I first became aware of The Perks Of Being A Wallflower via the 2012 film adaptation. I vaguely remember seeing it; it left the impression of being quirky but also a huge bummer. It turns out that Stephen Chbosky himself actually wrote and directed it (John Hughes originally held the rights, before he sadly passed away). Anyway, at some point I figured out it was a young adult book before it was a film, and picked up a copy for myself along the way.
The cover of The Perks Of Being A Wallflower promises “a deeply affecting coming-of-age story… in the tradition of The Catcher In The Rye“. It was first published in 1999, and it’s set in the early years of that decade, beginning in 1991.
Charlie is the titular wallflower: a shy, introspective, socially awkward teen, just starting high-school as the story begins. He begins writing semi-anonymous letters, addressed to “dear friend”, he says in the hopes of reaching “someone out there [who] listens and understands and doesn’t try to sleep with people even if they could have” (page 3). Seems reasonable enough!
Through these letters, Charlie’s story – and his unique perspective on life – unfolds. He’s very earnest and matter-of-fact, but he’s also surprisingly perceptive and insightful for a fifteen-year-old. My teenage diaries and letters were certainly more angst-ridden and self-indulgent, no mean feat considering Charlie’s history of mental health issues.
In these letters, to his mysterious and anonymous “friend”, Charlie makes mention of his periods of depression and “things getting bad” (mostly triggered, it would seem, by the sudden and unexpected death of his Aunt Helen in a car crash, and more recently that of his friend Michael, who took his own life). Charlie feels mostly alone in the world, but he doesn’t seem to mind so much; as he sees it, there are plenty of perks to being a wallflower (geddit?).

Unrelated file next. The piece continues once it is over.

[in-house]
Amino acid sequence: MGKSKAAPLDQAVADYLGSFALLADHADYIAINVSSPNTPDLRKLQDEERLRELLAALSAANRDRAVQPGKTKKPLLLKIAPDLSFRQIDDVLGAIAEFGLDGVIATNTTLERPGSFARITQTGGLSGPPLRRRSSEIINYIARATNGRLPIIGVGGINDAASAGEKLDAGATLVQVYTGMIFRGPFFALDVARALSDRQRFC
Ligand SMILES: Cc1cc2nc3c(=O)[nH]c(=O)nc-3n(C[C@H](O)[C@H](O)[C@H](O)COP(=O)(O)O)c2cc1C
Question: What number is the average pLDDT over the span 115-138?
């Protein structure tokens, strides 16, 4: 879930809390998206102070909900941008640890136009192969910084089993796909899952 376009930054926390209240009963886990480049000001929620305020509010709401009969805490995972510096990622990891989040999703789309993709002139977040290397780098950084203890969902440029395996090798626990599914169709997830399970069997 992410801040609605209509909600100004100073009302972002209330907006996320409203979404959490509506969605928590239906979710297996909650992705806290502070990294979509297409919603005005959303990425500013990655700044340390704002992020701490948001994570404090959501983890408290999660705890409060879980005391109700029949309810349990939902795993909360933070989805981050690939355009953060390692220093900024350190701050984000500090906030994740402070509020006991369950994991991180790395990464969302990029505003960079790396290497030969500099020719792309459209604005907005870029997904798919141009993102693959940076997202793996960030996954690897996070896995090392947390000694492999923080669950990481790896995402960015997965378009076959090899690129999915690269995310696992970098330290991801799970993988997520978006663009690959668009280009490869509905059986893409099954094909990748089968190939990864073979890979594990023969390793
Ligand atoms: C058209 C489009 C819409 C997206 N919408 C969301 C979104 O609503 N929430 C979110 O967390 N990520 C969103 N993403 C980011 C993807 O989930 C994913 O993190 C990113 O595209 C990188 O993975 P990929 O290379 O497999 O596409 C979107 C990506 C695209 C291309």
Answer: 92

Eventually, he makes friends with two older kids from his school, Patrick and Sam. At first, it seemed they might just be taking pity on the weird quiet kid whose friend killed himself, but they proved me wrong. They adopt Charlie into their friendship circle as one of their own, and he has all of the slightly-less-than-wholesome high school experiences. He even develops a charmingly inappropriate and unrequited crush on Sam, who acknowledges it without ever embarrassing him.
Of course, the major problem with befriending older kids in high school is that they’re destined to grow up and get out long before you. That might seem like the logical climax towards which The Perks Of Being A Wallflower would build, but Chbosky always has something darker looming over it all. Charlie increasingly exhibits symptoms of PTSD (of course, that’s not the language he uses to describe it in his letters, but it’s clear that’s what’s going on), and it turns out his repressed trauma is something a lot more gnarly than you might expect. It all comes out when he finally gets His Moment with Sam, right before she leaves for college.
Spoilers below this point, blah blah blah…